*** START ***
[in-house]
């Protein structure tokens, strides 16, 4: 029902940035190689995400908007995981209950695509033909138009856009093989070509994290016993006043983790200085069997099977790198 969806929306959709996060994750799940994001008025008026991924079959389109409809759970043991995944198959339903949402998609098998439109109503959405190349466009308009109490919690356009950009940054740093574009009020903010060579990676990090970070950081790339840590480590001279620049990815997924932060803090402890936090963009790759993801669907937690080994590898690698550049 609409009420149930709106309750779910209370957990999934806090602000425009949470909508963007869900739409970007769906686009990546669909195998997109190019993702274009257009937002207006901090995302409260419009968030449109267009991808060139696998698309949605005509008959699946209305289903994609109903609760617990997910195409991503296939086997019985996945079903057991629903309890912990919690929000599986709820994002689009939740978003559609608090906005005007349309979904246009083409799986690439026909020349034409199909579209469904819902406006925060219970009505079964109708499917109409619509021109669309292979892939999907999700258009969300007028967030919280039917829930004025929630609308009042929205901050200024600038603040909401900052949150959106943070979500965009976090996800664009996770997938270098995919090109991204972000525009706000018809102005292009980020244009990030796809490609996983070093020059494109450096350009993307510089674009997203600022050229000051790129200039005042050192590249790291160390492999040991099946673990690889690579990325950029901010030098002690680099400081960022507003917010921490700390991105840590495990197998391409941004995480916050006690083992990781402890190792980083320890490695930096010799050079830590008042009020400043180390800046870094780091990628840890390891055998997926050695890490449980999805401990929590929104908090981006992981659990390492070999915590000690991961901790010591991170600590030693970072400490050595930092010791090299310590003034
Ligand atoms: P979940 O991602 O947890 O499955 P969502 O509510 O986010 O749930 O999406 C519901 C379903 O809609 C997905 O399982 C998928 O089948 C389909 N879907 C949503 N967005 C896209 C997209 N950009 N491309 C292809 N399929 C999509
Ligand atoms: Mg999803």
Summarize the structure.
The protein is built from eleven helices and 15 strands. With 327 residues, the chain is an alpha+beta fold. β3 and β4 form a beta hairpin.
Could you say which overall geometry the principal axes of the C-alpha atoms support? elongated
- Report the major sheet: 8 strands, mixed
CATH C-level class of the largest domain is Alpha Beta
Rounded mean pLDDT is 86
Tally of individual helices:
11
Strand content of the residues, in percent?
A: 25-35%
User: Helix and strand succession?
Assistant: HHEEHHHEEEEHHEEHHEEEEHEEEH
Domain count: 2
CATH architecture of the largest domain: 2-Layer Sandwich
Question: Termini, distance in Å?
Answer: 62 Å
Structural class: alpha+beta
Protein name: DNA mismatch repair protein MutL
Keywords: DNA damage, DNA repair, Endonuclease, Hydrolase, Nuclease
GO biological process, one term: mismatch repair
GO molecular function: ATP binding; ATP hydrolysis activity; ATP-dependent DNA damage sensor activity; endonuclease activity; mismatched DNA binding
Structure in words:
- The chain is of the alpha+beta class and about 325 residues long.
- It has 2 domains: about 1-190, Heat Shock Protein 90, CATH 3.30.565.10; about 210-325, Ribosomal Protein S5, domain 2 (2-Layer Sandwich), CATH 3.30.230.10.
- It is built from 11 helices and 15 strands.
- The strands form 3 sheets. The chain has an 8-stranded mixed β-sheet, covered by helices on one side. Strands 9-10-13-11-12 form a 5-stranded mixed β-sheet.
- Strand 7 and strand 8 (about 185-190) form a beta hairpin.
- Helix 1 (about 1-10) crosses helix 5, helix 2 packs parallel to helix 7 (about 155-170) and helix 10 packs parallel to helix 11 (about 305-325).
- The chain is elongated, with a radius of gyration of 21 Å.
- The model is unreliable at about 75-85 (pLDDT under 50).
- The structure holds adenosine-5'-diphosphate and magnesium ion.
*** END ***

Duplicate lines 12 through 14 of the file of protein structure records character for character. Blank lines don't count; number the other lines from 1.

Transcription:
11
Strand content of the residues, in percent?
A: 25-35%